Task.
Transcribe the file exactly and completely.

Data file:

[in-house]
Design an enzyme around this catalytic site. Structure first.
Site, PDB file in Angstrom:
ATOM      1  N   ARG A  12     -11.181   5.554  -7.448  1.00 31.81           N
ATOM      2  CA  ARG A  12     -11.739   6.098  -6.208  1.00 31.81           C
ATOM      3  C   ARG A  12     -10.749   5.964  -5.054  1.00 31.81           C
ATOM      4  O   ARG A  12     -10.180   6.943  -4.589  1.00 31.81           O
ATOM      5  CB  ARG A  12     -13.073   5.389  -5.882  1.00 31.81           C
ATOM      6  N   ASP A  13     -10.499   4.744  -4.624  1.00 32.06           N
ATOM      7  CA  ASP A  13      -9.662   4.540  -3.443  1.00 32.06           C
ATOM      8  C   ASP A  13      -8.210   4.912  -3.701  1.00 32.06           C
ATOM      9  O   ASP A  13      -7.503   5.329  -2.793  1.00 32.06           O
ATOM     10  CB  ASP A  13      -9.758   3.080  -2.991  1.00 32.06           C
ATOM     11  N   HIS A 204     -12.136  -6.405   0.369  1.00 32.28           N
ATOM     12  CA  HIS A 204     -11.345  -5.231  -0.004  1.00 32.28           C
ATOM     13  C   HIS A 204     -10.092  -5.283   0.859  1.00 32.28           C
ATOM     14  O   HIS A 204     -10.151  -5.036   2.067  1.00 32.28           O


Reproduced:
[in-house]
Design an enzyme around this catalytic site. Structure first.
Site, PDB file in Angstrom:
ATOM      1  N   ARG A  12     -11.181   5.554  -7.448  1.00 31.81           N
ATOM      2  CA  ARG A  12     -11.739   6.098  -6.208  1.00 31.81           C
ATOM      3  C   ARG A  12     -10.749   5.964  -5.054  1.00 31.81           C
ATOM      4  O   ARG A  12     -10.180   6.943  -4.589  1.00 31.81           O
ATOM      5  CB  ARG A  12     -13.073   5.389  -5.882  1.00 31.81           C
ATOM      6  N   ASP A  13     -10.499   4.744  -4.624  1.00 32.06           N
ATOM      7  CA  ASP A  13      -9.662   4.540  -3.443  1.00 32.06           C
ATOM      8  C   ASP A  13      -8.210   4.912  -3.701  1.00 32.06           C
ATOM      9  O   ASP A  13      -7.503   5.329  -2.793  1.00 32.06           O
ATOM     10  CB  ASP A  13      -9.758   3.080  -2.991  1.00 32.06           C
ATOM     11  N   HIS A 204     -12.136  -6.405   0.369  1.00 32.28           N
ATOM     12  CA  HIS A 204     -11.345  -5.231  -0.004  1.00 32.28           C
ATOM     13  C   HIS A 204     -10.092  -5.283   0.859  1.00 32.28           C
ATOM     14  O   HIS A 204     -10.151  -5.036   2.067  1.00 32.28           O